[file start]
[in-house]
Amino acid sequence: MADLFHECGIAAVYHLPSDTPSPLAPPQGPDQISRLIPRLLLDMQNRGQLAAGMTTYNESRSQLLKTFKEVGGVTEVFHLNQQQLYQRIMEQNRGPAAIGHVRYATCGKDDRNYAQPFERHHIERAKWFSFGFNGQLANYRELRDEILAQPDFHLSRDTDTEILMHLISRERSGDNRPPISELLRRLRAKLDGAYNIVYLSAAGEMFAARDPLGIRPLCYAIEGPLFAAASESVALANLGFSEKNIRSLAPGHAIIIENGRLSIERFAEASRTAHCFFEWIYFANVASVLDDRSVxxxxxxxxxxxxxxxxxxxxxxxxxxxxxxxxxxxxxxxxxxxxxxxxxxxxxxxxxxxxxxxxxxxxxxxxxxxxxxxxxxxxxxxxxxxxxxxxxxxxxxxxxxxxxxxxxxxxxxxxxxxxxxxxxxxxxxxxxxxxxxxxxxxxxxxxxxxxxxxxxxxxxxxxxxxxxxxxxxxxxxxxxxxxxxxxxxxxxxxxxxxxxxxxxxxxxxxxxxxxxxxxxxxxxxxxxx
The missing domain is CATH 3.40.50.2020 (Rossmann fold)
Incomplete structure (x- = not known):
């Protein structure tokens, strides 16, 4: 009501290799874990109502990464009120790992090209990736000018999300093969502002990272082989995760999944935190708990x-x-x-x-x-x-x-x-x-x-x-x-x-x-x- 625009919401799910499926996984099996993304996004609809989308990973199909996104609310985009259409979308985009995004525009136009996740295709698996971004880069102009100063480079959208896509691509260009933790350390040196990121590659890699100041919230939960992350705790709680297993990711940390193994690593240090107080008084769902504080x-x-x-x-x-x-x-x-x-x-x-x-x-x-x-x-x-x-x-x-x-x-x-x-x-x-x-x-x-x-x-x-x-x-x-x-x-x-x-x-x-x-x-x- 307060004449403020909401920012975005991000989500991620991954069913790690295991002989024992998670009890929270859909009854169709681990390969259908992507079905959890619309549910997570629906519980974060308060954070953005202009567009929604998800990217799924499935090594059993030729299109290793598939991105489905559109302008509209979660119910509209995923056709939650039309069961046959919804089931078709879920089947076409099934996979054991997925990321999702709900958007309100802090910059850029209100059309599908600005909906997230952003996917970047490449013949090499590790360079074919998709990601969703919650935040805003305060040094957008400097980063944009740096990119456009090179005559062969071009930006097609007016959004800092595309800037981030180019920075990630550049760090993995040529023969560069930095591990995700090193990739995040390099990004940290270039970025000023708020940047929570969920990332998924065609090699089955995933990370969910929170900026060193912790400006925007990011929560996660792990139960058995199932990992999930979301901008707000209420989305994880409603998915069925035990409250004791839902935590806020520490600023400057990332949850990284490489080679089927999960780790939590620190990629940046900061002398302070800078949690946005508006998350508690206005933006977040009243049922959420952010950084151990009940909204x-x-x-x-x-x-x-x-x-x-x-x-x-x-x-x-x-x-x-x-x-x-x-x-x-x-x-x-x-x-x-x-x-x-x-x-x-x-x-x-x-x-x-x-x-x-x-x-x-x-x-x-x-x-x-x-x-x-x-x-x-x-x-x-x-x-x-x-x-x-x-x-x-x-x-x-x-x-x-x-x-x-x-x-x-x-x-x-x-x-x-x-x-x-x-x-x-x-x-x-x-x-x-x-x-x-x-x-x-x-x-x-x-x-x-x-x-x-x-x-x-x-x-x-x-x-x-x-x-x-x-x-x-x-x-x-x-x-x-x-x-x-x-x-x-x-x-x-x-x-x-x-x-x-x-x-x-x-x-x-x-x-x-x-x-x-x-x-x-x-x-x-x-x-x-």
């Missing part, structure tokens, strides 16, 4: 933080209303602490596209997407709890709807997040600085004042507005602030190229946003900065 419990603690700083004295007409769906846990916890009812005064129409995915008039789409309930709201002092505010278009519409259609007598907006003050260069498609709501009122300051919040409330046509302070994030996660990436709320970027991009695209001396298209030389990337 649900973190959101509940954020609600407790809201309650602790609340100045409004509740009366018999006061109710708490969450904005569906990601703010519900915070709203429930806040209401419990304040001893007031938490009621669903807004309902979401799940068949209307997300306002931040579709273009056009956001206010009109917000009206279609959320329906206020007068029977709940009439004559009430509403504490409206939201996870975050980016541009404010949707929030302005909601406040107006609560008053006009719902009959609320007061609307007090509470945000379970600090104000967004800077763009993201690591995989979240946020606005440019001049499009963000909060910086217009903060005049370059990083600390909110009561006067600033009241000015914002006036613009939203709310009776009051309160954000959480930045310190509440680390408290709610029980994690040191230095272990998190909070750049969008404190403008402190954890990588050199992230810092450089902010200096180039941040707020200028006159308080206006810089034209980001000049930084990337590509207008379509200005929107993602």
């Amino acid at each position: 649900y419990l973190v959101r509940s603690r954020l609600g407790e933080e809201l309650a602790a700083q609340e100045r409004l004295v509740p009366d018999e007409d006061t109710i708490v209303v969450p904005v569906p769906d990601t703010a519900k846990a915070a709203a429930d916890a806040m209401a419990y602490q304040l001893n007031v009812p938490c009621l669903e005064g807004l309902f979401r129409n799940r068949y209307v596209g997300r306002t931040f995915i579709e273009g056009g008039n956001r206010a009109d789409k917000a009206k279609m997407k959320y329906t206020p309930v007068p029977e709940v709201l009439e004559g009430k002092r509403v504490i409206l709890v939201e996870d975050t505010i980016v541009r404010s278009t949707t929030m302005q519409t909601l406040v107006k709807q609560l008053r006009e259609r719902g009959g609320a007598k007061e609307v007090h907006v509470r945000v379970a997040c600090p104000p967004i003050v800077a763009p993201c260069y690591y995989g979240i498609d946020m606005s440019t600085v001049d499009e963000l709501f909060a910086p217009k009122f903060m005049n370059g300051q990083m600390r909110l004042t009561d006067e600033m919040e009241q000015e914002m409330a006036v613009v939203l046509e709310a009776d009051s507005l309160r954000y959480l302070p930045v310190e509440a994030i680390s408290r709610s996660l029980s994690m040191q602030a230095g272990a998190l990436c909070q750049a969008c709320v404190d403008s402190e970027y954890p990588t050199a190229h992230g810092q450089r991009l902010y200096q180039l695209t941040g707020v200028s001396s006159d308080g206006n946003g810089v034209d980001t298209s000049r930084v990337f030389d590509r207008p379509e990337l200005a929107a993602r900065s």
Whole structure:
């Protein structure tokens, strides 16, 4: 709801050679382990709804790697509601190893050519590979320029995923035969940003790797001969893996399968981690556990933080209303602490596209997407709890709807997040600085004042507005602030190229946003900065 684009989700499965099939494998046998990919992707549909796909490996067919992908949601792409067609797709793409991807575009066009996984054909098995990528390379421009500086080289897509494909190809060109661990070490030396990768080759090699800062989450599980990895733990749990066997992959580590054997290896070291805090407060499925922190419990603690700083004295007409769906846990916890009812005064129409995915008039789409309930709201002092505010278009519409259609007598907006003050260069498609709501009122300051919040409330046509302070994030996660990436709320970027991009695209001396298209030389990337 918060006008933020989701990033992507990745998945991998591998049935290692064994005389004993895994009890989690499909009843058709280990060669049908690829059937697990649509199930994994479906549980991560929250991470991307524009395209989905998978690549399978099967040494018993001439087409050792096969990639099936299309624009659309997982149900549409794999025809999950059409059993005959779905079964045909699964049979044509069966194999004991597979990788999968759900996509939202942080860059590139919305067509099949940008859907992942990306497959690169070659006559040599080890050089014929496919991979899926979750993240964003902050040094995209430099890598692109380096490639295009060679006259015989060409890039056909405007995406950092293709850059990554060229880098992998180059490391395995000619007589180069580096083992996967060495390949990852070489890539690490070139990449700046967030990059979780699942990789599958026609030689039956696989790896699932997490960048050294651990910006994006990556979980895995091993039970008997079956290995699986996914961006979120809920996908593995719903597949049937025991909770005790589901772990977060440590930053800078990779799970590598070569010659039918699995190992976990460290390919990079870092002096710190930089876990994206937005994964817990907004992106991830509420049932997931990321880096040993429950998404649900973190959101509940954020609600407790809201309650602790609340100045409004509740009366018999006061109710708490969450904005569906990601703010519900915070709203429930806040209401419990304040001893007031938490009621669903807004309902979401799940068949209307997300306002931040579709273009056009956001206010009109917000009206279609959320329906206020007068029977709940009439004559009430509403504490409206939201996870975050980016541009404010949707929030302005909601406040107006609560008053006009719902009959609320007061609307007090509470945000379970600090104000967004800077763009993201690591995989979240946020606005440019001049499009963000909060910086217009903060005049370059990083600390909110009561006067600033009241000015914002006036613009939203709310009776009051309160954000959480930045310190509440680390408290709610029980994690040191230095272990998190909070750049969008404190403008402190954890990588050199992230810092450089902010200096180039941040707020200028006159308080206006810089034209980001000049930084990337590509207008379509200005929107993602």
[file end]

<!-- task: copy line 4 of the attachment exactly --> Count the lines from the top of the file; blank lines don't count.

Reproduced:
Incomplete structure (x- = not known):